Rarely does a day go by that I do not get a call or e-mail or other inquiry about a problem with a vehicle. North Carolina consumers work hard and seek affordable, reliable transportation and while many of them get their wish there are far too many who do not. And, even worse, in some cases the sellers of the vehicles to the consumers know they are not selling affordable, reliable transportation. The inquiries I receive from potential consumers typically fall into one (or more) of three categories:
1. The contract terms and money are funny but I’m not laughing!
Violation of financing, lending, and credit laws
Spot Delivery a/k/a Yo-Yo Financing a/k/a Conditional Delivery
2. There’s something wrong with my vehicle!
Lemon law (in North Carolina only applies to NEW vehicles)
Used vehicle defects
3. The seller lied to me about this vehicle!
Failure to disclose salvage, flood, or reconstructed vehicle
Failure to deliver title (typically due to a problem with seller acquiring the title)
Odometer rollback or discrepancy
Auto dealer fraud
I try to provide a plethora of information and resources for consumers who are in the market for a vehicle with the goal of preventing good people from getting into bad deals and/or acquiring bad vehicles. Too often, however, consumers who contact me have made a critical mistake such as purchasing a vehicle “as-is” without doing any pre-purchase due diligence (ex: AutoCheck, CarFax, vehicle inspection by independent mechanic) or signing documents without reading and understanding what they signed. Do not let this happen to you. Take the initiative to educate yourself and make smart choices when spending your hard-earned money. But if you are in need of a consultation contact me at your convenience. Best wishes to you on your next vehicle transaction.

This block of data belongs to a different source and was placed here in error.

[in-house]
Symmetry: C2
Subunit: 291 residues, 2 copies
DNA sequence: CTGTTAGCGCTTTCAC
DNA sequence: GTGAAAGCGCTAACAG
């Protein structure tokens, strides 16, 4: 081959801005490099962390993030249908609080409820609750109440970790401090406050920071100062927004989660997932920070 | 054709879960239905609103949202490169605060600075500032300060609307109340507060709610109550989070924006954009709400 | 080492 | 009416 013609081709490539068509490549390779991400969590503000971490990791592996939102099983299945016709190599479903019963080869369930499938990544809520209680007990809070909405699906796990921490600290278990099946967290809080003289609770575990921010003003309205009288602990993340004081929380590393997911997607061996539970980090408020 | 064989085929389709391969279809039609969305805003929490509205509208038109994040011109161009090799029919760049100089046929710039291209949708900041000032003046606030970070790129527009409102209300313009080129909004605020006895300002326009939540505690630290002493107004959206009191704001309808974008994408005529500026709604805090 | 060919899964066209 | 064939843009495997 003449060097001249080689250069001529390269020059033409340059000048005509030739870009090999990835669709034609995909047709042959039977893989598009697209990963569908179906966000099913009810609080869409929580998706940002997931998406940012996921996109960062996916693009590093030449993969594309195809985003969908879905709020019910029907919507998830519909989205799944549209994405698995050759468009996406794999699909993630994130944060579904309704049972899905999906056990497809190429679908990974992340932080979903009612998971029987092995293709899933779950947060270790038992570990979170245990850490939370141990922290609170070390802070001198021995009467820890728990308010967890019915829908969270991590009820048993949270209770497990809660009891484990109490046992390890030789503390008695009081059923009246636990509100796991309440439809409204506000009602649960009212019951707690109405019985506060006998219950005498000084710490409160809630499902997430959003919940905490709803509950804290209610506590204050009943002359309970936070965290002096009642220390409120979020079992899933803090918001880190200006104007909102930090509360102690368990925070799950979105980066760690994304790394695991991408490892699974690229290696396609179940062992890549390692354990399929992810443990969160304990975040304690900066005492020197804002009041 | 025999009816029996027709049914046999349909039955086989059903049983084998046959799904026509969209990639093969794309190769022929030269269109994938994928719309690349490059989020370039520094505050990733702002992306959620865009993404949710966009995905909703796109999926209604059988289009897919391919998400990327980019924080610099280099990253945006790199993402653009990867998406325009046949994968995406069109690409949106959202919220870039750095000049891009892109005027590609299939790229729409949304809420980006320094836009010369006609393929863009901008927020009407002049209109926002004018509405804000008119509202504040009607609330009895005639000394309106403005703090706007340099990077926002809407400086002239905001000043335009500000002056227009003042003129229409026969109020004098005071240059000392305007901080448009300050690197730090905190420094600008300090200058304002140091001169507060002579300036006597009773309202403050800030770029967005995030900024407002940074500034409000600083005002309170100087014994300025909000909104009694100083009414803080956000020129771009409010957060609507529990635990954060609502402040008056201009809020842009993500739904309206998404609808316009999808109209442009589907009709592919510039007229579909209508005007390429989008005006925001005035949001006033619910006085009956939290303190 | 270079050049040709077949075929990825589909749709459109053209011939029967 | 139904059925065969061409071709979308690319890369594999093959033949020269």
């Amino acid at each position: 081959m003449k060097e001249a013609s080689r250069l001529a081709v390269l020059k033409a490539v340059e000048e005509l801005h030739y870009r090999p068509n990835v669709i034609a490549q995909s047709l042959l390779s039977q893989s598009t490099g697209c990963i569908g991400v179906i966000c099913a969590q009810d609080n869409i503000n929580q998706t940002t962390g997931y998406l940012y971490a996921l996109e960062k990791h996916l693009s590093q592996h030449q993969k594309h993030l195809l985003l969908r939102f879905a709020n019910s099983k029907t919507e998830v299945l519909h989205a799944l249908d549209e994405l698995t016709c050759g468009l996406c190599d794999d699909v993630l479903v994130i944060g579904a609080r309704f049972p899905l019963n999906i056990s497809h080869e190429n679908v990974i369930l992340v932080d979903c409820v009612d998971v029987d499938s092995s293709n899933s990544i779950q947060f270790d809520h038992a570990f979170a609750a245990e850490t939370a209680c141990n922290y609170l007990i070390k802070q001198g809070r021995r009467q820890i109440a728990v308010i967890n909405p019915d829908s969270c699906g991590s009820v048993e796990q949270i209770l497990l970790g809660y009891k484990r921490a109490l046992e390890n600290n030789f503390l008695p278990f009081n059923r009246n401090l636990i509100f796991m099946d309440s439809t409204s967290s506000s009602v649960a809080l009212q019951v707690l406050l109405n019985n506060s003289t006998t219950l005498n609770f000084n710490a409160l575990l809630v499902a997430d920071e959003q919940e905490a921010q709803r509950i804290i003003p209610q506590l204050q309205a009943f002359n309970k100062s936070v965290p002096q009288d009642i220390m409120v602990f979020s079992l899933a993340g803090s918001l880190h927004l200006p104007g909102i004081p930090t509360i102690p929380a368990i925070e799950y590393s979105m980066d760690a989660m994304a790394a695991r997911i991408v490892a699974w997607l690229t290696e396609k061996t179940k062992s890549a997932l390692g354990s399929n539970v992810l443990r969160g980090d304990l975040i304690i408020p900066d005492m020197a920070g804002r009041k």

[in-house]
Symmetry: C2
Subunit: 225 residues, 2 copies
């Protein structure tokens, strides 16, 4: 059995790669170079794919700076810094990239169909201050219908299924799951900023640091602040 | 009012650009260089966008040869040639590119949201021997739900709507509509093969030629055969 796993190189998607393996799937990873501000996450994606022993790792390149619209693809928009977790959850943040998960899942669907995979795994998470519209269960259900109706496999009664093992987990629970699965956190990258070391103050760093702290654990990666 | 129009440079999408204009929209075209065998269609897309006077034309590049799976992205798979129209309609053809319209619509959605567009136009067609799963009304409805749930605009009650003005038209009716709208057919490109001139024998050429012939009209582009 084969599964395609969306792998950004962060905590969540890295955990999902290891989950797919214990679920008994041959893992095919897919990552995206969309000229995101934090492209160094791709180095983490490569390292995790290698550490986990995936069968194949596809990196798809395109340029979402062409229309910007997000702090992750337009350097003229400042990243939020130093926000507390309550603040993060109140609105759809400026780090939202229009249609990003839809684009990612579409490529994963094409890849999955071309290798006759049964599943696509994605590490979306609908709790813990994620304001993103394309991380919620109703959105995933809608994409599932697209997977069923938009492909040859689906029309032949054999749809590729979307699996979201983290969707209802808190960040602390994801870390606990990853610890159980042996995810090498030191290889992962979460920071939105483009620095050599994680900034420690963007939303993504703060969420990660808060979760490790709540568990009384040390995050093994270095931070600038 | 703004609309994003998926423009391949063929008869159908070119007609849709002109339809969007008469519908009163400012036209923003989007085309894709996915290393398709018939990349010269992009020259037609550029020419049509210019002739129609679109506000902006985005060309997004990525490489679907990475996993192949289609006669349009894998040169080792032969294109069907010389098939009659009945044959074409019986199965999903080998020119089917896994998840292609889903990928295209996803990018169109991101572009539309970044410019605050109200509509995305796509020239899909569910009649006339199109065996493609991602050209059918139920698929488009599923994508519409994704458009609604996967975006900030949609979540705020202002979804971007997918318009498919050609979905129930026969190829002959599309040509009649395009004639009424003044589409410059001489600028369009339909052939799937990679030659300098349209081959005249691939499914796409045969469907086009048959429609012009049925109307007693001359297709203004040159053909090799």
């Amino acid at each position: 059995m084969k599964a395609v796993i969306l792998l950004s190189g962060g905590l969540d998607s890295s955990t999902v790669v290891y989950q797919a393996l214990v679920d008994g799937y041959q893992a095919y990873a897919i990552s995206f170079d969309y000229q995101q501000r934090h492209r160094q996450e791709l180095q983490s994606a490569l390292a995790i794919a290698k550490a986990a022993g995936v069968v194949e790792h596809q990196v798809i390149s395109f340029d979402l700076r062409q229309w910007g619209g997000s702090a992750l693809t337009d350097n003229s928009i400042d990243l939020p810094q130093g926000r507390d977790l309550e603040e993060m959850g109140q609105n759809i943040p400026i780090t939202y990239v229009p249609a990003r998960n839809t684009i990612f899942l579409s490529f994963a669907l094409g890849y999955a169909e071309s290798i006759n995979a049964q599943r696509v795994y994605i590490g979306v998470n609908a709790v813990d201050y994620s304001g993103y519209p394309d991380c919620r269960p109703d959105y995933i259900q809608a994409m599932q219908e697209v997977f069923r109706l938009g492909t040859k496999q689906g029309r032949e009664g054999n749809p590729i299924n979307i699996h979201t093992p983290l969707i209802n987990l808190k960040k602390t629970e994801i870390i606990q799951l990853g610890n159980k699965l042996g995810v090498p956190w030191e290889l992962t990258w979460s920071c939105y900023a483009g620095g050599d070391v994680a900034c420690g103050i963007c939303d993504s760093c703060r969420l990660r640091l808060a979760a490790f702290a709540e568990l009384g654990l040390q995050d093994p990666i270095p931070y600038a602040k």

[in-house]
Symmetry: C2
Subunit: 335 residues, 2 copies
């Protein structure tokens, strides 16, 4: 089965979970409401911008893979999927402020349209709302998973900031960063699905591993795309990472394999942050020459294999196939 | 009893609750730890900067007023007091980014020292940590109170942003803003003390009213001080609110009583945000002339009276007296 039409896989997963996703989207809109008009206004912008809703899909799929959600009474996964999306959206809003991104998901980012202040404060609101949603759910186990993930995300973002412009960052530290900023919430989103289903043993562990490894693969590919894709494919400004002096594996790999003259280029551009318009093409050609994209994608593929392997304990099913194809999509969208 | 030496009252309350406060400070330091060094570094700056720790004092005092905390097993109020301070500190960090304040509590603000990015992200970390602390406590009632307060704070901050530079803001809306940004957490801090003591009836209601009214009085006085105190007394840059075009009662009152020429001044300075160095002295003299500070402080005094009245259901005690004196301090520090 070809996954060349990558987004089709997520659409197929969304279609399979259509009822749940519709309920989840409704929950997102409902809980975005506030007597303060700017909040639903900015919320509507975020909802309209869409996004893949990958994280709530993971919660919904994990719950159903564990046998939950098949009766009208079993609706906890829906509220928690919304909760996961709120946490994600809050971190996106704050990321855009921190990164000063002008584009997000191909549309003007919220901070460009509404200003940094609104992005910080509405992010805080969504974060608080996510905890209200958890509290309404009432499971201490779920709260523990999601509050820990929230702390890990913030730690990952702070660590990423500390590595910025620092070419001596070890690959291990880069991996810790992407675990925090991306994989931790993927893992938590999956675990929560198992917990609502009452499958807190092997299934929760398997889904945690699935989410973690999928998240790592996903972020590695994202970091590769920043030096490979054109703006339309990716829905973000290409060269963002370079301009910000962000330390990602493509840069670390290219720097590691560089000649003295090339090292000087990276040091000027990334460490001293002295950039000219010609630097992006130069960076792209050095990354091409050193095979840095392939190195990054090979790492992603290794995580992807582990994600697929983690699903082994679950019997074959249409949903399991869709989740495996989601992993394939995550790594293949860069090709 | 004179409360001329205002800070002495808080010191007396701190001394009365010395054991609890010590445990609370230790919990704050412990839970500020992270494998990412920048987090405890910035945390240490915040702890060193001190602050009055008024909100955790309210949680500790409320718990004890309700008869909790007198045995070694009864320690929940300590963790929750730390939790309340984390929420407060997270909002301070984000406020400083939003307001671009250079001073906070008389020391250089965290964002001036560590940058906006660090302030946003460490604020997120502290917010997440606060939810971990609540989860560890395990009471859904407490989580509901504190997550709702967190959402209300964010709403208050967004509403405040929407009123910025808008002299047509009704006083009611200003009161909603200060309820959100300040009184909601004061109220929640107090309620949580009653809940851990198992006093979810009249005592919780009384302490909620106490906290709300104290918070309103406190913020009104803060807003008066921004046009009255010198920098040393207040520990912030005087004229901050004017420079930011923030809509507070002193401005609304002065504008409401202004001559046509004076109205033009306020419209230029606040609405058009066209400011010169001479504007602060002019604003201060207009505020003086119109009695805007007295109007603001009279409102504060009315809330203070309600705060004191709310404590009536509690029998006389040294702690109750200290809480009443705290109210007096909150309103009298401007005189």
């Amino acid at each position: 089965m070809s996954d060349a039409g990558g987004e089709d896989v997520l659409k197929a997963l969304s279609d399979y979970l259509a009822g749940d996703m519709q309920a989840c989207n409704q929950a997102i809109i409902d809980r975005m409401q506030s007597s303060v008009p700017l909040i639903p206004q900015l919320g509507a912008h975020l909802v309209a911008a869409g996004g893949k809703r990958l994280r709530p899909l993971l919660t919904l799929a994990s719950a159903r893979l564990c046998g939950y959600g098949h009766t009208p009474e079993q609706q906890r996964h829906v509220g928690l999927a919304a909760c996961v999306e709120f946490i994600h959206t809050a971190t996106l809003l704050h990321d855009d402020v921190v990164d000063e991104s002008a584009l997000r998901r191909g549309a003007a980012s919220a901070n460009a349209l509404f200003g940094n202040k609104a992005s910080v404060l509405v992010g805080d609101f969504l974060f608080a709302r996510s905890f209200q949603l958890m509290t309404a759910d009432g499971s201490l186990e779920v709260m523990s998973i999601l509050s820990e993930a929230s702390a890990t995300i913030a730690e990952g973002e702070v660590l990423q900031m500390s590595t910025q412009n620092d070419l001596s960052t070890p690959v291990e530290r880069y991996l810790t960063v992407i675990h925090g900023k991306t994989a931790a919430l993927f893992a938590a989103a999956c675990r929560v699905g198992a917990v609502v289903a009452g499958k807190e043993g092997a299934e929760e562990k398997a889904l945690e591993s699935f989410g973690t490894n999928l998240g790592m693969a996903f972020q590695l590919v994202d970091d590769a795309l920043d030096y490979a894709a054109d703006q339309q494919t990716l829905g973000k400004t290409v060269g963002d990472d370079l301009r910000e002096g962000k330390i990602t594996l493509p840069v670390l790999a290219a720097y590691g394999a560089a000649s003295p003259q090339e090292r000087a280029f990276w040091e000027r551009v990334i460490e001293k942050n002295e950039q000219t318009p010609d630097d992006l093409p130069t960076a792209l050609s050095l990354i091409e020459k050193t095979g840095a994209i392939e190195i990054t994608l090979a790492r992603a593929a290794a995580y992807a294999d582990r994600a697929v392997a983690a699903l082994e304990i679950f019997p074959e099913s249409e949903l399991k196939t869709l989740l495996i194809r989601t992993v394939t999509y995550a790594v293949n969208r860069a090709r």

- Posted in: Auto Fraud ♦ Car Law/Vehicle Law/Lemon Law ♦ Repossession ♦ Tips and Facts ♦ Warranties and Vehicle Service Contracts
- Tagged: as-is, branded Certificate of Title, Buyers Guide, conditional delivery, Consumer Leasing Act, Damage Disclosure Statement, Equal Credit Opportunity Act, failure to deliver title, failure to disclose, flood vehicle, lemon law, Magnuson Moss Warranty Act, NC Retail Installment Sales Act, no warranty, odometer disclosure, reconstructed, salvage vehicle, spot delivery, substantial defect, Truth in Lending Act, wrongful repossession, yo-yo sale